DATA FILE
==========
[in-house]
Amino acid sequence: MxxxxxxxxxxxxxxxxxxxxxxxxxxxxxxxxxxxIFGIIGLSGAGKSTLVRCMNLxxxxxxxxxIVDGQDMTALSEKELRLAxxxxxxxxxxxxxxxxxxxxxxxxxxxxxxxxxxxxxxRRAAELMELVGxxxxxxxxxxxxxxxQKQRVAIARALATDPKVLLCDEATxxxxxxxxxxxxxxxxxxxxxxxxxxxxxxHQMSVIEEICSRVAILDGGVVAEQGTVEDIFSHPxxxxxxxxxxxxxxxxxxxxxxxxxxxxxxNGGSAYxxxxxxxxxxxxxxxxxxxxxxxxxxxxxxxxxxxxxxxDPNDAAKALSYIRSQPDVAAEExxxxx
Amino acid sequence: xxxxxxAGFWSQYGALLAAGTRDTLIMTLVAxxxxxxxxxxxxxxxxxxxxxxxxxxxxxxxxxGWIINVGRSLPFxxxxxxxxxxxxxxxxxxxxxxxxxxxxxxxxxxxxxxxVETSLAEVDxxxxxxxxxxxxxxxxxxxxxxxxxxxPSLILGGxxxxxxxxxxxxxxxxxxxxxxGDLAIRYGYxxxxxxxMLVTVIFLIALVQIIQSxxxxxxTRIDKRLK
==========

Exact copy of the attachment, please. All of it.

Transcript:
[in-house]
Amino acid sequence: MxxxxxxxxxxxxxxxxxxxxxxxxxxxxxxxxxxxIFGIIGLSGAGKSTLVRCMNLxxxxxxxxxIVDGQDMTALSEKELRLAxxxxxxxxxxxxxxxxxxxxxxxxxxxxxxxxxxxxxxRRAAELMELVGxxxxxxxxxxxxxxxQKQRVAIARALATDPKVLLCDEATxxxxxxxxxxxxxxxxxxxxxxxxxxxxxxHQMSVIEEICSRVAILDGGVVAEQGTVEDIFSHPxxxxxxxxxxxxxxxxxxxxxxxxxxxxxxNGGSAYxxxxxxxxxxxxxxxxxxxxxxxxxxxxxxxxxxxxxxxDPNDAAKALSYIRSQPDVAAEExxxxx
Amino acid sequence: xxxxxxAGFWSQYGALLAAGTRDTLIMTLVAxxxxxxxxxxxxxxxxxxxxxxxxxxxxxxxxxGWIINVGRSLPFxxxxxxxxxxxxxxxxxxxxxxxxxxxxxxxxxxxxxxxVETSLAEVDxxxxxxxxxxxxxxxxxxxxxxxxxxxPSLILGGxxxxxxxxxxxxxxxxxxxxxxGDLAIRYGYxxxxxxxMLVTVIFLIALVQIIQSxxxxxxTRIDKRLK